The brainchild of English football-hero-turned-TV-presenter Dion Dublin, the Dube is essentially a wooden cube with multiple playing surfaces.
Sizes range from a nice dinky 9” up to a monster 18” and are available as a simple acoustic instrument or fitted with an internal microphone for those who want to simply plug and play. For the purposes of this review I have a plain white 12”, with the internal mic.
Each of the surfaces of the cube each has a slightly different tone and the Dube lends itself to rhythms in much the same way a set of congas might, different pitches but the same overall tonal quality of sound.
Although the finishes on offer are plain (natural wood, black or white) I don’t really feel that’s much of an issue as you could quite easily do a customisation job on it yourself if you wished, much like Courtney Pine has done to his.
Each corner of the Dube is also fitted with a plastic cover, which serves not only to protect the structural integrity of the instrument but also to protect the eyes of anyone who might inadvertently try to play it with their face(!).
So where does the Dube sit in the long line of percussion items available today?
Let’s get one thing straight; it is NOT a straight up Cajon replacement, at least as far as I’m concerned. There isn’t a ''snare sound'' replacement and you don’t sit on it for starters! Also, it’s quite different tonally.
As I mentioned before, it has similar qualities in some ways to congas and although there is no replacement for a proper percussionist playing a full set of congas, there are a lot of plus sides to having the Dube.
For a start it’s smaller, lighter and more manageable than a full set of congas. The optional internal microphone makes putting it through a sound system as rudimentary as is possible, connecting through a discreet XLR output under the handle.
As far as the sound of the internal mic goes, one sound man I used the Dube with wasn’t convinced by the internal microphone and opted to use two external mics in order to get the best sound. The sound each Dube sends via the internal mic will also change according to size, so it’s hard to tell what the others might sound like as I only have the 12” to play with.
One of the clever things about the Dube is the handle, which actually works as part of the mounting system with a customised stand.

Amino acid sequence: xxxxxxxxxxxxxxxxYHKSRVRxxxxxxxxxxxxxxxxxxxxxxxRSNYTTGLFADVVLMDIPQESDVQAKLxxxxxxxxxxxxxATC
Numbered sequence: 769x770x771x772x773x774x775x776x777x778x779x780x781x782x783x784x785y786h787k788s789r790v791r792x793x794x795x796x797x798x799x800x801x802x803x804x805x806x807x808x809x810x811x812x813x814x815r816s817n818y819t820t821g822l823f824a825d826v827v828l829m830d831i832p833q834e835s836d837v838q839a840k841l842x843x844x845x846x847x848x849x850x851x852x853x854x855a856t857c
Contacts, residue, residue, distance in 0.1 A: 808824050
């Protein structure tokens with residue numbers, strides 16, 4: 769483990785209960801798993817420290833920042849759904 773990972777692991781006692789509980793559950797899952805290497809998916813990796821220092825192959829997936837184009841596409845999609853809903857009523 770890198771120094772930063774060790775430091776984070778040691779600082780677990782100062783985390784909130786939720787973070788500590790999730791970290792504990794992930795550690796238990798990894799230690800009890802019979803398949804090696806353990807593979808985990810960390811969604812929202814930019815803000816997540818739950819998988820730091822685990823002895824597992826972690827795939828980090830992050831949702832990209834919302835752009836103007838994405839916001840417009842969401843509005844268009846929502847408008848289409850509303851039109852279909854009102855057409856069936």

If you can imagine a snare stand base, with a modified snare basket in a T-shape, then replace the usual snare bracket with a clamp which closes around the handle.
It’s a very clever piece of kit and one that really feels secure, without affecting the sound of the instrument itself.
This ability to mount the Dube is another big tick in the plus column, because you can have it between your legs in the place of a snare, whilst playing bass and hi hat pedals, or mount it in place of a second snare for example.
It’s not going to be right for every song obviously but it’s another little thing I liked, along with the stylish and rugged custom built soft case.
With guys like Stanton Moore, Pete Locket, Courtney Pine and Thomas Lang all giving the Dube a run out, it’s fair to say it’s captured the minds of those with perhaps not just the skills but also the disposable cash, I worry though that it may be a little expensive for the guy on the street with a limited budget.
At the time of writing the 9” acoustic Dube (cheapest) costs £117 and the 18” with a mic (most expensive) is £320, prices vary in between dependent on size and mic options. Add in a case and the custom designed stand and suddenly that price has risen considerably.
When it comes to the crunch I feel people will compare it to the Cajon and decide it’s “either or”. Given the base price of the instrument alone is a higher than many Cajons and the fact it doesn’t have that ''snare'' sound, I think it may lose out and that would be a shame because fundamentally I really like it and think percussionists should absolutely check it out.
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